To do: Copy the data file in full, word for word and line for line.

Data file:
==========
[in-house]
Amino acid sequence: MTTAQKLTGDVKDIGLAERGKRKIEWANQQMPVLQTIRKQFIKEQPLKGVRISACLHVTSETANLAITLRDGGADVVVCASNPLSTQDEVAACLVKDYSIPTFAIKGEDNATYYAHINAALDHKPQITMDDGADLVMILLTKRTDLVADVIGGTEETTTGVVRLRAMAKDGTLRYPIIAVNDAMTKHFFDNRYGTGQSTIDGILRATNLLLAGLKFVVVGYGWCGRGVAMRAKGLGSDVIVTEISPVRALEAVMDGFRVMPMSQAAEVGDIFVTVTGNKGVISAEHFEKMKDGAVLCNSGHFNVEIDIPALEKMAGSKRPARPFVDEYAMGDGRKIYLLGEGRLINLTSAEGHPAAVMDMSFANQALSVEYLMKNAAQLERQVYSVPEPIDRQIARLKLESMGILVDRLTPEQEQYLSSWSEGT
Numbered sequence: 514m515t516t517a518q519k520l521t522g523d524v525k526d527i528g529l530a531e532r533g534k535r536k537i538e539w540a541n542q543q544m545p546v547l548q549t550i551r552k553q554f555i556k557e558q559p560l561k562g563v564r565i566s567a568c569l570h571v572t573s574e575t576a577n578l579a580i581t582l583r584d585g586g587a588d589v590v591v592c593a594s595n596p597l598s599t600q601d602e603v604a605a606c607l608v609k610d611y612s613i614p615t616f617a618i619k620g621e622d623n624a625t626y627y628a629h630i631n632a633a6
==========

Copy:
[in-house]
Amino acid sequence: MTTAQKLTGDVKDIGLAERGKRKIEWANQQMPVLQTIRKQFIKEQPLKGVRISACLHVTSETANLAITLRDGGADVVVCASNPLSTQDEVAACLVKDYSIPTFAIKGEDNATYYAHINAALDHKPQITMDDGADLVMILLTKRTDLVADVIGGTEETTTGVVRLRAMAKDGTLRYPIIAVNDAMTKHFFDNRYGTGQSTIDGILRATNLLLAGLKFVVVGYGWCGRGVAMRAKGLGSDVIVTEISPVRALEAVMDGFRVMPMSQAAEVGDIFVTVTGNKGVISAEHFEKMKDGAVLCNSGHFNVEIDIPALEKMAGSKRPARPFVDEYAMGDGRKIYLLGEGRLINLTSAEGHPAAVMDMSFANQALSVEYLMKNAAQLERQVYSVPEPIDRQIARLKLESMGILVDRLTPEQEQYLSSWSEGT
Numbered sequence: 514m515t516t517a518q519k520l521t522g523d524v525k526d527i528g529l530a531e532r533g534k535r536k537i538e539w540a541n542q543q544m545p546v547l548q549t550i551r552k553q554f555i556k557e558q559p560l561k562g563v564r565i566s567a568c569l570h571v572t573s574e575t576a577n578l579a580i581t582l583r584d585g586g587a588d589v590v591v592c593a594s595n596p597l598s599t600q601d602e603v604a605a606c607l608v609k610d611y612s613i614p615t616f617a618i619k620g621e622d623n624a625t626y627y628a629h630i631n632a633a6